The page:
USA - Grocery Chains Are Growing Everywhere

Arno Froese

The American grocery store has so far been mostly immune to the ravages of online shopping and the all around apocalyptic outlook facing the nation’s retailers. But a war is coming to the staid supermarket, and that could mean more consolidation, bankruptcies, and falling prices.

An invasion is getting under way. Lidl, a German retailer known for low prices and efficient operations, is expected to start an aggressive U.S. expansion in the coming weeks that could open as many as 100 new stores across the East Coast by the summer of 2018. The company, which runs about 10,000 stores in Europe, has also set its sights on Texas, one of the most competitive grocery markets in the U.S. Analysts expect Lidl to expand to nearly $9 billion in sales by 2023.

These are tough times for the U.S. retail industry, with stores closing at a record pace so far in 2017. The grocery business has been a safe haven in recent years. Only about 1 percent of the roughly $1.5 trillion industry has moved online. That’s made supermarkets an attractive real estate tenant in an era when other shopping has moved from the mall to the living room couch. The reliability of food sales has also drawn more and more stores into the market for prepared food, snacks, and other traditional grocery items as a reliable driver of store traffic. After all, we have to eat and get more garbage bags.

All this competition has come amid an historic bout of food deflation. Grocers have engaged in a price war that has been a boon for consumers while weighing down on corporate earnings—and those trends will only get more intense once Lidl opens its doors in the U.S. The company has long battled rival German grocer Aldi in markets across Europe. Both companies have taken on entrenched grocers and eaten into market share with their low prices and no-frills stores. Aldi, which has more than 1,600 U.S. stores, has spent the past couple years preparing for Lidl’s arrival by aggressively expanding in Southern California and spending $1.6 billion to spruce up its locations.

The number of shopping trips Americans made to buy food rose rose 1 percent last year, according to Nielsen data. That may not sound like much, but it's the first annual gain in at least a decade. The shift in shopping behavior is being driven, in part, by the increasing preference for fresh food.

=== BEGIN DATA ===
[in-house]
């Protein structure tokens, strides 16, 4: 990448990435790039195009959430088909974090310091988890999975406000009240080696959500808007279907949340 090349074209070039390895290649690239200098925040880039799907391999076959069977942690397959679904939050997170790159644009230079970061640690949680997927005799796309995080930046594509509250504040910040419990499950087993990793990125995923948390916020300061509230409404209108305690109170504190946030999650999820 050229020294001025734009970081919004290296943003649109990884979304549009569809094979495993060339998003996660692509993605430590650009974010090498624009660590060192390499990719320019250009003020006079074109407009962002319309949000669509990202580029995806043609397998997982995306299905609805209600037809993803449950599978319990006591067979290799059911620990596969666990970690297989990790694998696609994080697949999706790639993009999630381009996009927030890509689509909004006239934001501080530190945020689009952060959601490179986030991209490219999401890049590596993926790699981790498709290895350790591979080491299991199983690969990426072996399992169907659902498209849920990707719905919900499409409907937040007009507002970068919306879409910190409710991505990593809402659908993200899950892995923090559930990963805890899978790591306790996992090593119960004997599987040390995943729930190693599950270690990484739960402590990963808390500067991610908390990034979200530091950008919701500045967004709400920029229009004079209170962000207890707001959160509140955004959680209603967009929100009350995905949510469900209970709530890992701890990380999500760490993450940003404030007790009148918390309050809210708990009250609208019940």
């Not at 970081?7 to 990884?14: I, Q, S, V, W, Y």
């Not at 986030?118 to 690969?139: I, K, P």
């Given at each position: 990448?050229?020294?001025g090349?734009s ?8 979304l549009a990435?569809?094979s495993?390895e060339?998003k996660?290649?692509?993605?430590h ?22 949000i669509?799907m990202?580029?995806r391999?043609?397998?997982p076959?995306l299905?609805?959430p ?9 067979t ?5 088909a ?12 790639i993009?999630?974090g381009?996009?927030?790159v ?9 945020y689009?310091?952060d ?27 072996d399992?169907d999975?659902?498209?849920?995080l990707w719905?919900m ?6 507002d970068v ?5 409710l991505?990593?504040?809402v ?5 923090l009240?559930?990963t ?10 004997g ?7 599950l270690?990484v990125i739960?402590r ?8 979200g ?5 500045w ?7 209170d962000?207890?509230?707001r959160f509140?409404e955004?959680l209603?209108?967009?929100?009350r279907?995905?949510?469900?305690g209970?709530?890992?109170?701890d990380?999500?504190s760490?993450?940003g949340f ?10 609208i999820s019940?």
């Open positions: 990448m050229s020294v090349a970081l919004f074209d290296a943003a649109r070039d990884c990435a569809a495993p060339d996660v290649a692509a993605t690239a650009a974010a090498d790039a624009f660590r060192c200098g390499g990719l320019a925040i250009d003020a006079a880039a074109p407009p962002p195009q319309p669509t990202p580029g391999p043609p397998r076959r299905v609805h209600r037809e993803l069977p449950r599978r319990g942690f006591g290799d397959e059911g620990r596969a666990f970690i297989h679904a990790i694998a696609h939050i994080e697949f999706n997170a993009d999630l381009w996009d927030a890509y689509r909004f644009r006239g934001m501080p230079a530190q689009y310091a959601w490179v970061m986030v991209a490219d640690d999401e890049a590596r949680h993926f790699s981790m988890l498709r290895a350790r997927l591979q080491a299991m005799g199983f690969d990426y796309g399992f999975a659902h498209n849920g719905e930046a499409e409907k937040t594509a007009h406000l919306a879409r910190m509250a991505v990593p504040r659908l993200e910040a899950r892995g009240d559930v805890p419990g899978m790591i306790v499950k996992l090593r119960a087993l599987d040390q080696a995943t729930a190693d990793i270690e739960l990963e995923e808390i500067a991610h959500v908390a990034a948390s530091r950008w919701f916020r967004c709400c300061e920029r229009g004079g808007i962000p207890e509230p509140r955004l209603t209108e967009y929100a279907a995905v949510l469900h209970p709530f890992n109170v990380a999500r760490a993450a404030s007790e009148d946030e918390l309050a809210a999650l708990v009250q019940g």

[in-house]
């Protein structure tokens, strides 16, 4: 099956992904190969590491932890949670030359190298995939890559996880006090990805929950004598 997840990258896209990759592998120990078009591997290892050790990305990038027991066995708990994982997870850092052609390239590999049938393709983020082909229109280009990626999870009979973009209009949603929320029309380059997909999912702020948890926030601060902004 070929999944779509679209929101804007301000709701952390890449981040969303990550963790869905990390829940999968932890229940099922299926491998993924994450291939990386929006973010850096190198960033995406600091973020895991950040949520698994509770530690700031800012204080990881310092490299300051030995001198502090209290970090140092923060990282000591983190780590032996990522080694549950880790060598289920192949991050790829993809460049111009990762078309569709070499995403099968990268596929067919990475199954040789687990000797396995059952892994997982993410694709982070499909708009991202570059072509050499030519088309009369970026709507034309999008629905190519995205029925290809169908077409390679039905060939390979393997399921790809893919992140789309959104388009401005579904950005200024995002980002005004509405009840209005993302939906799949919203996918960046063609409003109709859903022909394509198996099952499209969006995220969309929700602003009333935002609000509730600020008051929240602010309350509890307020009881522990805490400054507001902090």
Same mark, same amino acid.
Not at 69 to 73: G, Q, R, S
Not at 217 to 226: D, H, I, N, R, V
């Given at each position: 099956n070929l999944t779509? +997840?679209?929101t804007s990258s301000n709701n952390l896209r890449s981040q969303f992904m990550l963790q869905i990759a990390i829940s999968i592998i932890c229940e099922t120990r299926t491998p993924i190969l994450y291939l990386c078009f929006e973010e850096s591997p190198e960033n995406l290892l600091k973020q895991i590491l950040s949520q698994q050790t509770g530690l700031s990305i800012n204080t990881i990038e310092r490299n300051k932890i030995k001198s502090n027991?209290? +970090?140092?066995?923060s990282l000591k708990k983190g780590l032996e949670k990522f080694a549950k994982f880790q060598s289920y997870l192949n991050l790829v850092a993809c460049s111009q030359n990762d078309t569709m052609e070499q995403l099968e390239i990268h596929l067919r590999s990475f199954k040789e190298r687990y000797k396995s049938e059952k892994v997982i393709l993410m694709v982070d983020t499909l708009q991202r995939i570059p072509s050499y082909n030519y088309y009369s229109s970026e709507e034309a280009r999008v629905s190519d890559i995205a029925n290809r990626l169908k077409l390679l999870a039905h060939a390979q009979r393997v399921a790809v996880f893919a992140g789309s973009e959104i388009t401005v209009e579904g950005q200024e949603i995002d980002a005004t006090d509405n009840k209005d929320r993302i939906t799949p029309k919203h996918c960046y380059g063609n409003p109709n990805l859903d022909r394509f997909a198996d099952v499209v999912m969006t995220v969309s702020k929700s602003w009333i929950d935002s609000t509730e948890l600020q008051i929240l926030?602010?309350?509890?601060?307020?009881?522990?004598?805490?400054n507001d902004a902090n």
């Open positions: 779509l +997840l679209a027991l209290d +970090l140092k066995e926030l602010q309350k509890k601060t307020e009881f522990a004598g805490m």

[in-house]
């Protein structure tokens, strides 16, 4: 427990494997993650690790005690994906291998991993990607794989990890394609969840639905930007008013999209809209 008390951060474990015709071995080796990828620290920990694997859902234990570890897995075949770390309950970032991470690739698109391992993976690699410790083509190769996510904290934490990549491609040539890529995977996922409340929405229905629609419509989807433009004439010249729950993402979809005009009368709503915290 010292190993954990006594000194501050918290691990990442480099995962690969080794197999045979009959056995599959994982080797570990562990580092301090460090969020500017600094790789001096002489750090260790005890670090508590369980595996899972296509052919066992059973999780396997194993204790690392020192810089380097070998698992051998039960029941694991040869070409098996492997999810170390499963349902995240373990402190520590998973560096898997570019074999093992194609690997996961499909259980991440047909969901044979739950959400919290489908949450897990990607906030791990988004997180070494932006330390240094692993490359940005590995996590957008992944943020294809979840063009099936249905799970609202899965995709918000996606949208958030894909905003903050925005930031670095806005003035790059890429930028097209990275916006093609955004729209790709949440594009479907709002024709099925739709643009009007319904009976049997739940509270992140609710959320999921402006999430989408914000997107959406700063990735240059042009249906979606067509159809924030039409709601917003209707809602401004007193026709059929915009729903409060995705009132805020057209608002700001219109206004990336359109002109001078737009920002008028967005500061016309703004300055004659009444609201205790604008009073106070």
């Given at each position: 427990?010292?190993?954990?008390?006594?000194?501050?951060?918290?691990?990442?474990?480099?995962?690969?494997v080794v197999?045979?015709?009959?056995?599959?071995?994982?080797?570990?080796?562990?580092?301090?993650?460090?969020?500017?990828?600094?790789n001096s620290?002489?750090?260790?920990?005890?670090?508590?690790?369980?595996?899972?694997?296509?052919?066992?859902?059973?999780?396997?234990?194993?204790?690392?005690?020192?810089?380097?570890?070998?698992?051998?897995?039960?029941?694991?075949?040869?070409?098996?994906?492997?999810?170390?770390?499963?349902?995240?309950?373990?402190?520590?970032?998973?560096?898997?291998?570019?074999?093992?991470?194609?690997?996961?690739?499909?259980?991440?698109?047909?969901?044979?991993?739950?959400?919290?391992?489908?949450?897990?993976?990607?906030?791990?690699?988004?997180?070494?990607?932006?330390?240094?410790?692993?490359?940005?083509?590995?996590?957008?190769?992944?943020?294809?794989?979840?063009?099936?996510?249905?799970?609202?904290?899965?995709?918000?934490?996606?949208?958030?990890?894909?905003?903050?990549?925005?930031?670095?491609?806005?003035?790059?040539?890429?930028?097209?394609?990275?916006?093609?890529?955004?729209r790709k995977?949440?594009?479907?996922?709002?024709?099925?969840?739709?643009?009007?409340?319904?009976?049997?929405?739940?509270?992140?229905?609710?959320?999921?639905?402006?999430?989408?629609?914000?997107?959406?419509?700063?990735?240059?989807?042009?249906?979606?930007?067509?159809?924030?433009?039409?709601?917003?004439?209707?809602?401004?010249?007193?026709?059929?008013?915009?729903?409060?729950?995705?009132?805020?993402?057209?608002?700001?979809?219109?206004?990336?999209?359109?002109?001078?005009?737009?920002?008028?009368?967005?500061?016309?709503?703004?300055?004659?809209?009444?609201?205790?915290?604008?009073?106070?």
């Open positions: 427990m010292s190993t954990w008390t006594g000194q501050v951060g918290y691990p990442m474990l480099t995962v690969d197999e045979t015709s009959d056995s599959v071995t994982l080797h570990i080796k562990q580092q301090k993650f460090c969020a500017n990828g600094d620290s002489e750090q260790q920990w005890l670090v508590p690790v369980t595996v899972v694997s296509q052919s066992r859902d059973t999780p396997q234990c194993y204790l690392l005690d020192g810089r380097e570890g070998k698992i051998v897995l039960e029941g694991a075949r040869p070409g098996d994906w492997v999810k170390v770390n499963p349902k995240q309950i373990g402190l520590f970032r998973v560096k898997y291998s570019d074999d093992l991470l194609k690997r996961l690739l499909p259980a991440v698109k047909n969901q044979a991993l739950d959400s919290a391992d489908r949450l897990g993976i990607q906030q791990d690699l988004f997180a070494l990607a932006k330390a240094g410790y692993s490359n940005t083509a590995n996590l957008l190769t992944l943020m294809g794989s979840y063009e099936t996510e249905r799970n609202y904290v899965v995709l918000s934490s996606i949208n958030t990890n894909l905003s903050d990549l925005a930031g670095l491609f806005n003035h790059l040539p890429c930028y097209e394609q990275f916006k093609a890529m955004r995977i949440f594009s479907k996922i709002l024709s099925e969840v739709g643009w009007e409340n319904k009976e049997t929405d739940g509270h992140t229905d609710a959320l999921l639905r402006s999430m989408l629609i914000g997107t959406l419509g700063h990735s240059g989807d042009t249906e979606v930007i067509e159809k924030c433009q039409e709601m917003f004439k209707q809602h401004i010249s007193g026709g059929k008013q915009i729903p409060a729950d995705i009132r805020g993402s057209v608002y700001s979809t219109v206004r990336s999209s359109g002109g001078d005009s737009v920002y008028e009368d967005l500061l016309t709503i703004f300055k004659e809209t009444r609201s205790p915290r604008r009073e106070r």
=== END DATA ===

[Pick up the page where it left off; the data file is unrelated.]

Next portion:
-www.bloomberg.com, 4 May 2017

Arno's commentary

When measuring food prices in hours worked, one finds that the cost of food has decreased quite remarkably. That is another success of globalism.

The United States Department of Agriculture (USDA) shows the decline of food costs for one year in the graph below: 

 Find chart at: https://www.ers.usda.gov/data-products/ag-and-food-statistics-charting-the-essentials/food-prices-and-spending/
 
What does the Bible predict? Many scholars saw famine as the worst enemy for humanity. Most of those scholars based their understanding on Scriptures such as Revelation 6:6: “And I heard a voice in the midst of the four beasts say, A measure of wheat for a penny, and three measures of barley for a penny; and see thou hurt not the oil and the wine.” It is our understanding that these prophecies are for the duration of humanity (6000+ years). The same is applicable with verse 4: “And there went out another horse that was red: and power was given to him that sat thereon to take peace from the earth, and that they should kill one another: and there was given unto him a great sword.” Earth has never experienced peace, and humanity has never stopped killing one another. Peace was taken away when Adam and Eve were cast out of paradise. Since Cain killed his brother Abel, that killing has continued to this day. The same is applicable with famine. Food has never been as easy to obtain, in such high volume and great quality, as today. Food actually has become a major killer: the diseases that arise from eating too much.

The International Food Policy Research Institute writes: “The 2016 Global Hunger Index (GHI) presents a multidimensional measure of national, regional, and global hunger, focusing on how the world can get to Zero Hunger by 2030. The developing world has made substantial progress in reducing hunger since 2000. The 2016 GHI shows that the level of hunger in developing countries as a group has fallen by 29 percent” (www.ifpri.org).

Now the question: will Revelation 6:6 be fulfilled? Our answer: it was fulfilled, it is being fulfilled, and will be fulfilled in the future.

Arno Froese is the executive director of Midnight Call Ministries and editor-in-chief of the acclaimed prophetic magazines Midnight Call and News From Israel. He has authored a number of well-received books, and has sponsored many prophecy conferences in the U.S., Canada, and Israel. His extensive travels have contributed to his keen insight into Bible prophecy, as he sees it from an international perspective.

Read more from this author

ContactAbout UsPrivacy and Safety